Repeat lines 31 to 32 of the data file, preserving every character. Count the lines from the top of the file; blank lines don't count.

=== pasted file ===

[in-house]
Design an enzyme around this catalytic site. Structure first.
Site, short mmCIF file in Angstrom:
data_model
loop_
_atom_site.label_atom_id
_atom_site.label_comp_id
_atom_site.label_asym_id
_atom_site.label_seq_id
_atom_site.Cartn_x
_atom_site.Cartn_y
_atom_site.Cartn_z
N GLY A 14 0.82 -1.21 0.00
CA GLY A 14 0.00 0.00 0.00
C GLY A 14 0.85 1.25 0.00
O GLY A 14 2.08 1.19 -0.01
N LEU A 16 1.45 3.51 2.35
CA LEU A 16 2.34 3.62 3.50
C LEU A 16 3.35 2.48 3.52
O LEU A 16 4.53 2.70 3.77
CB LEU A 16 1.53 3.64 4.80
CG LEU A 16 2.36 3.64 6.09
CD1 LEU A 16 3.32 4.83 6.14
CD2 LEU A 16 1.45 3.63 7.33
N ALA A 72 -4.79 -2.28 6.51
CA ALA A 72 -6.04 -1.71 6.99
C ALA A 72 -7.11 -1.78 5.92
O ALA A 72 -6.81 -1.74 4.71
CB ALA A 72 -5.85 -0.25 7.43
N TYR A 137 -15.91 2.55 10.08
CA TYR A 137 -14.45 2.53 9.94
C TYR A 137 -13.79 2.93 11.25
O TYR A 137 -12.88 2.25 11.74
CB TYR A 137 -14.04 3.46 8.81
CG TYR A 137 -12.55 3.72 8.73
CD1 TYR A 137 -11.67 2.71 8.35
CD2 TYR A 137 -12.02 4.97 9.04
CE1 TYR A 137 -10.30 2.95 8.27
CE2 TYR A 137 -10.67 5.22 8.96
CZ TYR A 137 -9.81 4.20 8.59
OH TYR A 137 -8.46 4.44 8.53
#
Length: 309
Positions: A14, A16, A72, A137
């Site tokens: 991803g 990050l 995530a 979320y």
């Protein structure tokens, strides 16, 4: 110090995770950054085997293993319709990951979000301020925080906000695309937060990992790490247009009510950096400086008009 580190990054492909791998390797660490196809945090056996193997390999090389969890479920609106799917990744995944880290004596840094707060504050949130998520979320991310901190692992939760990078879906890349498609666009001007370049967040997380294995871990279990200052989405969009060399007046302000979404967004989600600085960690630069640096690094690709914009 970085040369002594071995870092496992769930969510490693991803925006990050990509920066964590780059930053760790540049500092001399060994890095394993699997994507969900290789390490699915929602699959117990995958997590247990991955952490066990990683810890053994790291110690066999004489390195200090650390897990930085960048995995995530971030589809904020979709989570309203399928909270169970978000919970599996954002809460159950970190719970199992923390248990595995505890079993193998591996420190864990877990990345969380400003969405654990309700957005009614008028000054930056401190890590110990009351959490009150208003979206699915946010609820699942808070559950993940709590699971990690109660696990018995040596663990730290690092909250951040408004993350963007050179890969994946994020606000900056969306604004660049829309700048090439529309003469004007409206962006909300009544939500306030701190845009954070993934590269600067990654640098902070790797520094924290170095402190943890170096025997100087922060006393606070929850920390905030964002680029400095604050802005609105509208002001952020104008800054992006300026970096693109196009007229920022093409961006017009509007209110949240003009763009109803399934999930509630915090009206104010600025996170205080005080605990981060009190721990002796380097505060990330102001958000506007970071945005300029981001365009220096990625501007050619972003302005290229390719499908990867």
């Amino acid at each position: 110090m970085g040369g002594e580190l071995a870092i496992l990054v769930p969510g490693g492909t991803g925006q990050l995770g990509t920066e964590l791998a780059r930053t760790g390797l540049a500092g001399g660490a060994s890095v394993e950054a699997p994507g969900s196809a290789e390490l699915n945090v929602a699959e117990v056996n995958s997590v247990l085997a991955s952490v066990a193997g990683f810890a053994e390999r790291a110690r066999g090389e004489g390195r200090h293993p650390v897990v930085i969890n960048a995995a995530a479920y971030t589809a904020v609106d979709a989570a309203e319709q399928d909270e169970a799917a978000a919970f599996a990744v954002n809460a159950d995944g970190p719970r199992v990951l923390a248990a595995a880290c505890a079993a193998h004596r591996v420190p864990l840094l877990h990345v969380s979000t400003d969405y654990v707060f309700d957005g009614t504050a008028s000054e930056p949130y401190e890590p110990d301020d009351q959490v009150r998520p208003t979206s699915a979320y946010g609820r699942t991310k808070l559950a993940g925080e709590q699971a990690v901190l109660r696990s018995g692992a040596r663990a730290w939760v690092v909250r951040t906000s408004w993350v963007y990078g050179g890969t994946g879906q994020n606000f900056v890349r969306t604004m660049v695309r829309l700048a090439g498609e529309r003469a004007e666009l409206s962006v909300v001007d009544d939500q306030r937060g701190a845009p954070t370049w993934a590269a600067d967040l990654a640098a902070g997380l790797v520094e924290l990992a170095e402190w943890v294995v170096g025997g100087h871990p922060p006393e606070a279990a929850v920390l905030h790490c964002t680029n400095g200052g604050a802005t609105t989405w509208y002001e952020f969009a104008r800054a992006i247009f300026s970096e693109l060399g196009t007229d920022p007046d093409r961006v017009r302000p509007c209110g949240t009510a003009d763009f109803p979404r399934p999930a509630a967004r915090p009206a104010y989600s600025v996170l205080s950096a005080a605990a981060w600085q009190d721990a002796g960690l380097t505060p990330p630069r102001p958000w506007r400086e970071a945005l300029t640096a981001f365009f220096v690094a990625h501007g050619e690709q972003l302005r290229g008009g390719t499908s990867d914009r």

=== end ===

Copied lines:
CA TYR A 137 -14.45 2.53 9.94
C TYR A 137 -13.79 2.93 11.25